Over at The Lamp Magazine, Peter Hitchens reflects on the Christian background of the British (and European) monarchy and why it inevitably is a sign of contradiction to all moderns.
Mark Granza interviews Darren Beattie about the next stage of Populism in IM-1776.
Stone Age Herbalist discusses the metaphysics that underlay the Aztec’s justification of human sacrifice and war at Grey Goose Chronicles.
In light of the EU’s designation of Hungary as an ‘electoral autocracy’ and ‘no longer a democracy’, Sohrab Ahmari’s latest essay in Compact, Orbán’s warning for Europe, is timely.
Weed is the new black. Leighton Woodhouse discusses Big Pharma and Tobacco’s interest in THC products in The Tablet, while William Pecknold muses over the capacity of Conservative Inc. ability to resist either their libertarian habits or their donor interests in Compact.
Lastly, Elbridge A. Colby outlines the moral argument of The Strategy of Denial: American Defense in an Age of Great Power Conflict at First Things, while Dimitri Simes outlines how the Ukraine War has accelerated Russia’s pivot to the East in The American Conservative.
Following the death of Queen Elizabeth II, Aris Roussinos discusses the mythic power of monarchy and the field of action available to King Charles III.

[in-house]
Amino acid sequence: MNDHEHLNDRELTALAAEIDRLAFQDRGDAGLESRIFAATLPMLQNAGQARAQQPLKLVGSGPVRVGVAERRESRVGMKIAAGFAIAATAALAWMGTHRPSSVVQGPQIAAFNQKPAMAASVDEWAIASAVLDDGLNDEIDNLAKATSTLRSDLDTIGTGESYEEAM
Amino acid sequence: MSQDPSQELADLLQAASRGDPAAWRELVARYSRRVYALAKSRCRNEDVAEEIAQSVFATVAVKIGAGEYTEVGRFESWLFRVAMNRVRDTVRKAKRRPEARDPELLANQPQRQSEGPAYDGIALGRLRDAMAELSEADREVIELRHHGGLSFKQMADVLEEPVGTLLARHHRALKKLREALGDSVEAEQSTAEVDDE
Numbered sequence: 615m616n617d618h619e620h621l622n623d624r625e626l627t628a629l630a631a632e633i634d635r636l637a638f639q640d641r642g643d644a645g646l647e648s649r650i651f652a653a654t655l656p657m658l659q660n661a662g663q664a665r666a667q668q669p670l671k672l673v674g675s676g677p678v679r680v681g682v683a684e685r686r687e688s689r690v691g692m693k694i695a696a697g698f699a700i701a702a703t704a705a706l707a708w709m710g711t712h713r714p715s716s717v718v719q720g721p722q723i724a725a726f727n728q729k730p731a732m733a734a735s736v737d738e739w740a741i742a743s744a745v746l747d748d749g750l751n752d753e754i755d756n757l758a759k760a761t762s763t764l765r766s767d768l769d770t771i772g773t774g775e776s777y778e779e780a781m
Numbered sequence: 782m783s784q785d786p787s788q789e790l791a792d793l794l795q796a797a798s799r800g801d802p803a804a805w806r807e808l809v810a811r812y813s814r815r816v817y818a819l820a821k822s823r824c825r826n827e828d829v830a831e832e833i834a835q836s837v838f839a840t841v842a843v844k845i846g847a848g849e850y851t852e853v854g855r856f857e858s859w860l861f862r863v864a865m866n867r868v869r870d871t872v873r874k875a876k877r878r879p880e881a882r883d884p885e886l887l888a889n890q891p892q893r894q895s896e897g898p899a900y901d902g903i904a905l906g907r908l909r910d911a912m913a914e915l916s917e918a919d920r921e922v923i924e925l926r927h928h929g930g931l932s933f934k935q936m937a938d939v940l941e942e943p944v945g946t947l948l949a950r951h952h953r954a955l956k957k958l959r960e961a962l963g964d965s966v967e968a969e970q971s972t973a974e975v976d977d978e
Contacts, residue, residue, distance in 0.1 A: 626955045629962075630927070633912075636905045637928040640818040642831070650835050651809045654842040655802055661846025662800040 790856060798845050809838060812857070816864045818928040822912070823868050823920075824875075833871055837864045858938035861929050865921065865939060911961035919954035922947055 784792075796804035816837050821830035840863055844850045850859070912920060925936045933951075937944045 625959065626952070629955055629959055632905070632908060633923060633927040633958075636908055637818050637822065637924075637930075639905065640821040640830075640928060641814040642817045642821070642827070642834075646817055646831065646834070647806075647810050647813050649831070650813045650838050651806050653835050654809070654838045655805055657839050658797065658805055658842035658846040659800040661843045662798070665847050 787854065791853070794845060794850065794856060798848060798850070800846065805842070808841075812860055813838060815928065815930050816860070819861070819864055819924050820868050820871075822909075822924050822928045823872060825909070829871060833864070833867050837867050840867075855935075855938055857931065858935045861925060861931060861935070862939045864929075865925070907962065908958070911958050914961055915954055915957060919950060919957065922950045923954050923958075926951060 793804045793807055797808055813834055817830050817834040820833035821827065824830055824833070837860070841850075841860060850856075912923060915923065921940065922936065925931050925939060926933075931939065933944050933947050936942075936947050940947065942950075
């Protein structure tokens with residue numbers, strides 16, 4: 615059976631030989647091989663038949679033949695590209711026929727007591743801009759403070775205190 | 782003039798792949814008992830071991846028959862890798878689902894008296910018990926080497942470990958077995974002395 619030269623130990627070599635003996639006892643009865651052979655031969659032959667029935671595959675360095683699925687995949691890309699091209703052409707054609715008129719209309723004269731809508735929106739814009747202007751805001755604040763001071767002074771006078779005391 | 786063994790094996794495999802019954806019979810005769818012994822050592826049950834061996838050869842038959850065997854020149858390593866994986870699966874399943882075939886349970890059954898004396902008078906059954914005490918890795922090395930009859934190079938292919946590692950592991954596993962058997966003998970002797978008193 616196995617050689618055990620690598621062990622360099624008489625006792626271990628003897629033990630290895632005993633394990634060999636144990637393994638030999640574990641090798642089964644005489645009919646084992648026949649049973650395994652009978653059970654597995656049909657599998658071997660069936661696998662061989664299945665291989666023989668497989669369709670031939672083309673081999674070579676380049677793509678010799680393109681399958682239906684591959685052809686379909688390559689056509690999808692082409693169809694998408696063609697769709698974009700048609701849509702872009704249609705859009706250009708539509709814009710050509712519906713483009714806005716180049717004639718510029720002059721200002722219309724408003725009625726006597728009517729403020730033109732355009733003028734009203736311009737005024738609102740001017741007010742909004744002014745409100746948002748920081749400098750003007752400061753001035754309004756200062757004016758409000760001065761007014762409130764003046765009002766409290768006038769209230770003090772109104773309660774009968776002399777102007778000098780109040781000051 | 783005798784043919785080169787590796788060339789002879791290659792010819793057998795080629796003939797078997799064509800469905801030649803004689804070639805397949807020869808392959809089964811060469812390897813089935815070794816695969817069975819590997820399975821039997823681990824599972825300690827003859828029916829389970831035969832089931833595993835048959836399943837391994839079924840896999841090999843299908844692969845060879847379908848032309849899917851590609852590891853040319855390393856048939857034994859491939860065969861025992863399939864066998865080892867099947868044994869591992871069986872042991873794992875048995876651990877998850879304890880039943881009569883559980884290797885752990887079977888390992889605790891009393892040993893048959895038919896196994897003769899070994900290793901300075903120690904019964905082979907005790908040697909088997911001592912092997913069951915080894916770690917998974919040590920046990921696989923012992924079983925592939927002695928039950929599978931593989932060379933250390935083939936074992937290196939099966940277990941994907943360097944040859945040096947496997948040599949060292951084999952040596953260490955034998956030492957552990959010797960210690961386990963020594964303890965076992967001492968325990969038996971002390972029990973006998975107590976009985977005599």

Michael Anton looks at the The Godfather with the eyes of The Prince.
Helen Andrews on Why Women Can’t Have it All.
Edward Feser reflects on the political disorder that is bashing at our door.
Lastly, Big Serge considers some of the possible outcomes of recent events in Kharkov for the Russo-Ukrainian War.
The incident a little of a month ago now where commentor, Glycocalyx, published the private details of a another commentor, JC, was despicable. People commenting on this site occasionally meet on social occasions or pass on their details via me to other commentors, for a variety of reasons, and they should feel some confidence when doing so, or when responding, that those private details will not be made public at some future time.
As I’ve already made clear on the comments page, such conduct will not only immediately incur the deletion of the offending comments (incl. comments that repeat the offending material), but the commentor will also be banned. I will also remind people that doxing is illegal, not merely uncourteous and against the policy of New Cat.
New Cat, like the old Cat, is meant to be a place where people can discuss matters of politics and culture from a right perspective, without necessarily agreeing, and doing so in a friendly though robust manner, being both charitable and pointed as appropriate. Unfortunately, but not surprisingly, some of the acrimony that accumulated on the old Cat has made its way here and, in some respects, intensified. I would like to see that reversed. The occasional needling of commentors is perfectly fine, but persistent needling over time of non-trolls is entirely different and should be avoided.